Most product-development managers with prakat.com are always struggling to bring in projects on time and on budget. They never have enough resources to get the job done, and their bosses demand predictable schedules and deliverables. So the managers push their teams to be more parsimonious, to write more-detailed plans, and to minimize schedule variations and waste. But that approach, which may work well in turning around underperforming factories, can actually hurt product-development efforts.
Although many companies treat product development as if it were similar to manufacturing, the two are profoundly different. In the world of manufacturing physical objects, tasks are repetitive, activities are reasonably predictable, and the items being created can be in only one place at a time. In product development many tasks are unique, project requirements constantly change, and the output—thanks, in part, to the widespread use of advanced computer-aided design and simulation and the incorporation of software in physical products—is information, which can reside in multiple places at the same time.
The failure to appreciate those critical differences has given rise to several fallacies that undermine the planning, execution, and evaluation of product development projects. Together, we have spent more than 50 years studying and advising companies on product-development efforts, and we have encountered these misconceptions—as well as others that arise for different reasons—in a wide range of industries, including semiconductors, autos, consumer electronics, medical devices, software, and financial services. In this article we’ll expose them and offer ways to overcome the problems they create.
Fallacy 1: High utilization of resources will improve performance.
In both our research and our consulting work, we’ve seen that the vast majority of companies strive to fully employ their product-development resources. (One of us, Donald, through surveys conducted in executive courses at the California Institute of Technology, has found that the average product-development manager keeps capacity utilization above 98%.) The logic seems obvious: Projects take longer when people are not working 100% of the time—and therefore, a busy development organization will be faster and more efficient than one that is not as good at utilizing its people.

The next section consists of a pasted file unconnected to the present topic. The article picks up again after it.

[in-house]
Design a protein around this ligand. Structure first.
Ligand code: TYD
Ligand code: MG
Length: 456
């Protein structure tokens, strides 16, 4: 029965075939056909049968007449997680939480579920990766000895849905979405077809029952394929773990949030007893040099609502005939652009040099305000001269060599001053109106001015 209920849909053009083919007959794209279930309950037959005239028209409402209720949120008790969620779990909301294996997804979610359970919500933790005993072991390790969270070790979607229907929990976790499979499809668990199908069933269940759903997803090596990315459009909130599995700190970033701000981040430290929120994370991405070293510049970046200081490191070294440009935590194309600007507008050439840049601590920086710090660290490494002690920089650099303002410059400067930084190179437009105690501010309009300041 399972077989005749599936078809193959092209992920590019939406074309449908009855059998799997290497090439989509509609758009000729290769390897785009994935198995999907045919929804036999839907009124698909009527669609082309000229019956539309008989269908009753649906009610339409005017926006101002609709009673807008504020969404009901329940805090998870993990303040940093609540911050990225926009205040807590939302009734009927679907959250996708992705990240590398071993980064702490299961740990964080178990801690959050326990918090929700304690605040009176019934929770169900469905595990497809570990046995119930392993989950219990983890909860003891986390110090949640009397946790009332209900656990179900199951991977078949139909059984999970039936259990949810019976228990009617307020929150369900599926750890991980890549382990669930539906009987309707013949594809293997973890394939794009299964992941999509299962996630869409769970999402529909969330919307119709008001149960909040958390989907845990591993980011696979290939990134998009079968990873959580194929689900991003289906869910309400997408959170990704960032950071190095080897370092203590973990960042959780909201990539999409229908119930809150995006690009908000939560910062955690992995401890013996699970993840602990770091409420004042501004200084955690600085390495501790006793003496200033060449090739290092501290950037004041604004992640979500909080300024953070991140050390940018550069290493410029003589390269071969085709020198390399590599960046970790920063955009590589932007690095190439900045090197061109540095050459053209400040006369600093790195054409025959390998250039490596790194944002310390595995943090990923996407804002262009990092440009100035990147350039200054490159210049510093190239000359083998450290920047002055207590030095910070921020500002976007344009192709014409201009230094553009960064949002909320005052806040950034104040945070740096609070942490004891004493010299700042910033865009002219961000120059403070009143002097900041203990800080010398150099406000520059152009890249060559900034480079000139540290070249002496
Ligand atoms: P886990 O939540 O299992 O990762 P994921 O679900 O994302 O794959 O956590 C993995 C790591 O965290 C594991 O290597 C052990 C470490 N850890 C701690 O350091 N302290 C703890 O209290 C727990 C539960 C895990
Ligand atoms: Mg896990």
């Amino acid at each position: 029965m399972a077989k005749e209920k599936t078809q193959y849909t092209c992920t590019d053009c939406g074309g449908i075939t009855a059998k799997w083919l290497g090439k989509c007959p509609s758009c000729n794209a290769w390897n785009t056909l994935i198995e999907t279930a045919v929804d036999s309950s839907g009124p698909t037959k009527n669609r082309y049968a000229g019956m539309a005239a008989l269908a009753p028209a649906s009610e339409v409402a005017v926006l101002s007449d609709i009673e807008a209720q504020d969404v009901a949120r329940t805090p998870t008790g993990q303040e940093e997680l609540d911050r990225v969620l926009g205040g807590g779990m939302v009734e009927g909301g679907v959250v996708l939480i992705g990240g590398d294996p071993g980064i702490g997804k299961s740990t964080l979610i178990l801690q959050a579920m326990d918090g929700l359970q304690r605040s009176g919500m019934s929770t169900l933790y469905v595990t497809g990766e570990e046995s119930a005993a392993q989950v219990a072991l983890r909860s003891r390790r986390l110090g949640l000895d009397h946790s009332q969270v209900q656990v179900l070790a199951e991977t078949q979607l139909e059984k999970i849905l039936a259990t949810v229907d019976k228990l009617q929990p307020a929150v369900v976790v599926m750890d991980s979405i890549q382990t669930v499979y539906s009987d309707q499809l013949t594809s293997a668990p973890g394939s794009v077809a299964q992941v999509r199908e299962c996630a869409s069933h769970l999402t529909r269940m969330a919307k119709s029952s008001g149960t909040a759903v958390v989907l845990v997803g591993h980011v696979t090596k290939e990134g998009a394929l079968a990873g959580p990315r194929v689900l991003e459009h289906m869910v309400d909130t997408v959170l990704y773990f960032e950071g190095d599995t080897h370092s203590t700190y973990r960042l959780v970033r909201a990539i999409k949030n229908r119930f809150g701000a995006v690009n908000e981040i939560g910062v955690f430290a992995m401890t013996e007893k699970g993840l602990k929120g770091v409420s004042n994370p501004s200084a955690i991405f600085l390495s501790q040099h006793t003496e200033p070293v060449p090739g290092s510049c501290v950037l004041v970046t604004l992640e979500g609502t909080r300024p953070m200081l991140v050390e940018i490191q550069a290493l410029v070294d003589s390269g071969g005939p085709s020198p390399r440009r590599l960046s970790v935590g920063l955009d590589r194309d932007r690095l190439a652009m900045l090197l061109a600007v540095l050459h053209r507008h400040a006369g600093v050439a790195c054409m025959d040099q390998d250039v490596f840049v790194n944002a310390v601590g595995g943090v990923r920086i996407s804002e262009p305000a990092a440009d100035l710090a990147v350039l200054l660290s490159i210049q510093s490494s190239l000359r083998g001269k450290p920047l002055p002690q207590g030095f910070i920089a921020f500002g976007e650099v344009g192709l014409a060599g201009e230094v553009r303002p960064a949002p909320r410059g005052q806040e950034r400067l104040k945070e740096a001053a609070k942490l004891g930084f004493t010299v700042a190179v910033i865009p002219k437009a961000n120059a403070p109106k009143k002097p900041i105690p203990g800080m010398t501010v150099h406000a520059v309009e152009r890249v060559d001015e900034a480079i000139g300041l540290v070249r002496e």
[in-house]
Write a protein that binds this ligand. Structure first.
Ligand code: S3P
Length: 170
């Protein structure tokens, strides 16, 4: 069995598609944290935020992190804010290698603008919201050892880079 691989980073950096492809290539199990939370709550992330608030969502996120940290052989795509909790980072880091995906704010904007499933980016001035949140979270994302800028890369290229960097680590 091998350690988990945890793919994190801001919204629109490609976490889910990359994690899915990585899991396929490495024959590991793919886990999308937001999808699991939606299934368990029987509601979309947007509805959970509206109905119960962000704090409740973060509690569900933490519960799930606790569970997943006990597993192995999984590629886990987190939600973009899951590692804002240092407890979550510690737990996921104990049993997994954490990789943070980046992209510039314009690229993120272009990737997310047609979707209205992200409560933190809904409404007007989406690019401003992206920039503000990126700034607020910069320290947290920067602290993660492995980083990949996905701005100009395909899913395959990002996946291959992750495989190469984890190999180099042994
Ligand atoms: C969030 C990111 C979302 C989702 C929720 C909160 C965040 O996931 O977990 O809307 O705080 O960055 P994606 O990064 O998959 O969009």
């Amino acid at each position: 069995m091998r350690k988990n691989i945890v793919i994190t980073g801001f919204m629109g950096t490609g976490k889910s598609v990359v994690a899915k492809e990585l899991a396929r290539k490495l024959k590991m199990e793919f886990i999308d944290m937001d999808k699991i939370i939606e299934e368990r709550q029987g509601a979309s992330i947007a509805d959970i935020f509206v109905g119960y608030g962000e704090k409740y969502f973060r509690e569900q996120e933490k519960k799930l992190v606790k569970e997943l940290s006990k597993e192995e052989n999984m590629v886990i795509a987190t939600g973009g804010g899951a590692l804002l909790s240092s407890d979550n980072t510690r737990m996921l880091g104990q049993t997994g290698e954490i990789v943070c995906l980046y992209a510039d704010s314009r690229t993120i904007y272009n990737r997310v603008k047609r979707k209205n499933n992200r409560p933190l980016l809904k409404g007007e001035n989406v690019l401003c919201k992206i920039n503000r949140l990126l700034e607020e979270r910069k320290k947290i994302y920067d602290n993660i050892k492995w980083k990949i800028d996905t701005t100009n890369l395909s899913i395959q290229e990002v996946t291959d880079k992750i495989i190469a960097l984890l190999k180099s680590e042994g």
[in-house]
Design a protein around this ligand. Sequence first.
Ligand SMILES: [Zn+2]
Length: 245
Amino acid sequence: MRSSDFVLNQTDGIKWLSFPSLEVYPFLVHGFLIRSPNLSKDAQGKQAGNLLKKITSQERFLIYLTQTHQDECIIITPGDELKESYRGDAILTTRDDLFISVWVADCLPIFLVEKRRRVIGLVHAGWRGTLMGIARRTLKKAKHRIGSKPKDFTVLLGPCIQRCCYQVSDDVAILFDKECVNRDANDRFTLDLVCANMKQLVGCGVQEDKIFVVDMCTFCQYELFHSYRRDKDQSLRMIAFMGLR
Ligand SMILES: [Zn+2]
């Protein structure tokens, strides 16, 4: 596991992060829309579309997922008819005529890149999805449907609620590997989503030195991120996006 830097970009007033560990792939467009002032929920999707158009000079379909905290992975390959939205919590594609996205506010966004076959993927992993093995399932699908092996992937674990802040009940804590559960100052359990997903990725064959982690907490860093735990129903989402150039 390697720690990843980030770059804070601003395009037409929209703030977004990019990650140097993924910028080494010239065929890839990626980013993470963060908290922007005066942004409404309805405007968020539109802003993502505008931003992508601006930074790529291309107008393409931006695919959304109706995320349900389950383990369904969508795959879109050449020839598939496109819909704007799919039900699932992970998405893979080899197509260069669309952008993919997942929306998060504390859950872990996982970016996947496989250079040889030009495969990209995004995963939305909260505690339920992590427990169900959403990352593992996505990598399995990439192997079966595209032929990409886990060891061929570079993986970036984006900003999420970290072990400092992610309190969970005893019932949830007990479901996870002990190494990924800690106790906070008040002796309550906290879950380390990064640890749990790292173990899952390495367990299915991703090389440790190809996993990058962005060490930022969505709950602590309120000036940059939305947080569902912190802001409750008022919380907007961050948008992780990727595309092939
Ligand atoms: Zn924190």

But in practice that logic doesn’t hold up. We have seen that projects’ speed, efficiency, and output quality inevitably decrease when managers completely fill the plates of their product-development employees—no matter how skilled those managers may be. High utilization has serious negative side effects, which managers underestimate for three reasons:
They don’t take into full account the intrinsic variability of development work.
Many aspects of product development are unpredictable: when projects will arrive, what individual tasks they’ll require, and how long it will take workers who’ve never tackled such tasks before to do them. Companies, however, are most familiar with repetitive processes like manufacturing and transaction processing, where the work doesn’t change much and surprises are few and far between. Such processes behave in an orderly manner as the utilization of resources increases. Add 5% more work, and it will take 5% more time to complete.
Processes with high variability behave very differently. As utilization